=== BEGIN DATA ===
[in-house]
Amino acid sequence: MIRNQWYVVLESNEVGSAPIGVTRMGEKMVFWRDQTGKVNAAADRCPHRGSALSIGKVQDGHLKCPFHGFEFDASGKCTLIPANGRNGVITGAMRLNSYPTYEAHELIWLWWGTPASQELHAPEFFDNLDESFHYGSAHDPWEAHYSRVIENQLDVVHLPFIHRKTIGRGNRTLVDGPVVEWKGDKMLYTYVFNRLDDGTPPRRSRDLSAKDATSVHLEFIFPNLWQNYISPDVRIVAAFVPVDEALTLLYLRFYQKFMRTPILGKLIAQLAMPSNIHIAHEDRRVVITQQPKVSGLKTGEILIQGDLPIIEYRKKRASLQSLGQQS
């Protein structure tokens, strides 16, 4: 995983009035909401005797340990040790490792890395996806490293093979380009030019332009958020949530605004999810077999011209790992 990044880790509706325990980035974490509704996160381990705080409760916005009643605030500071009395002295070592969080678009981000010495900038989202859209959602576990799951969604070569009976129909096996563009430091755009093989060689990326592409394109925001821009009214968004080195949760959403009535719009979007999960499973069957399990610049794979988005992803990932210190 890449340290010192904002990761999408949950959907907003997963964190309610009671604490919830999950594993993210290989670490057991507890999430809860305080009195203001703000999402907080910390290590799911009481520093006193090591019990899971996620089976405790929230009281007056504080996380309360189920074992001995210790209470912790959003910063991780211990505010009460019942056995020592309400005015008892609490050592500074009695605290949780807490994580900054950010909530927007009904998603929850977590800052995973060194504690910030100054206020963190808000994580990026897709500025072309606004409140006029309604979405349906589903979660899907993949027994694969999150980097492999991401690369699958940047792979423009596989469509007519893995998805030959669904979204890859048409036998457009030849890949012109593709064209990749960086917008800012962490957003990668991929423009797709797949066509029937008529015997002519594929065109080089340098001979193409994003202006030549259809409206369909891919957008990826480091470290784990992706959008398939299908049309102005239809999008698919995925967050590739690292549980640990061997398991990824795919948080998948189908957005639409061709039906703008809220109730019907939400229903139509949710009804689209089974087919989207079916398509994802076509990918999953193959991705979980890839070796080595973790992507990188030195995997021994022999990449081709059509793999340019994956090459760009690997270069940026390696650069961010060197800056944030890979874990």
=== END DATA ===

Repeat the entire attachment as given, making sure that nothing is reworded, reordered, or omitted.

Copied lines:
[in-house]
Amino acid sequence: MIRNQWYVVLESNEVGSAPIGVTRMGEKMVFWRDQTGKVNAAADRCPHRGSALSIGKVQDGHLKCPFHGFEFDASGKCTLIPANGRNGVITGAMRLNSYPTYEAHELIWLWWGTPASQELHAPEFFDNLDESFHYGSAHDPWEAHYSRVIENQLDVVHLPFIHRKTIGRGNRTLVDGPVVEWKGDKMLYTYVFNRLDDGTPPRRSRDLSAKDATSVHLEFIFPNLWQNYISPDVRIVAAFVPVDEALTLLYLRFYQKFMRTPILGKLIAQLAMPSNIHIAHEDRRVVITQQPKVSGLKTGEILIQGDLPIIEYRKKRASLQSLGQQS
């Protein structure tokens, strides 16, 4: 995983009035909401005797340990040790490792890395996806490293093979380009030019332009958020949530605004999810077999011209790992 990044880790509706325990980035974490509704996160381990705080409760916005009643605030500071009395002295070592969080678009981000010495900038989202859209959602576990799951969604070569009976129909096996563009430091755009093989060689990326592409394109925001821009009214968004080195949760959403009535719009979007999960499973069957399990610049794979988005992803990932210190 890449340290010192904002990761999408949950959907907003997963964190309610009671604490919830999950594993993210290989670490057991507890999430809860305080009195203001703000999402907080910390290590799911009481520093006193090591019990899971996620089976405790929230009281007056504080996380309360189920074992001995210790209470912790959003910063991780211990505010009460019942056995020592309400005015008892609490050592500074009695605290949780807490994580900054950010909530927007009904998603929850977590800052995973060194504690910030100054206020963190808000994580990026897709500025072309606004409140006029309604979405349906589903979660899907993949027994694969999150980097492999991401690369699958940047792979423009596989469509007519893995998805030959669904979204890859048409036998457009030849890949012109593709064209990749960086917008800012962490957003990668991929423009797709797949066509029937008529015997002519594929065109080089340098001979193409994003202006030549259809409206369909891919957008990826480091470290784990992706959008398939299908049309102005239809999008698919995925967050590739690292549980640990061997398991990824795919948080998948189908957005639409061709039906703008809220109730019907939400229903139509949710009804689209089974087919989207079916398509994802076509990918999953193959991705979980890839070796080595973790992507990188030195995997021994022999990449081709059509793999340019994956090459760009690997270069940026390696650069961010060197800056944030890979874990």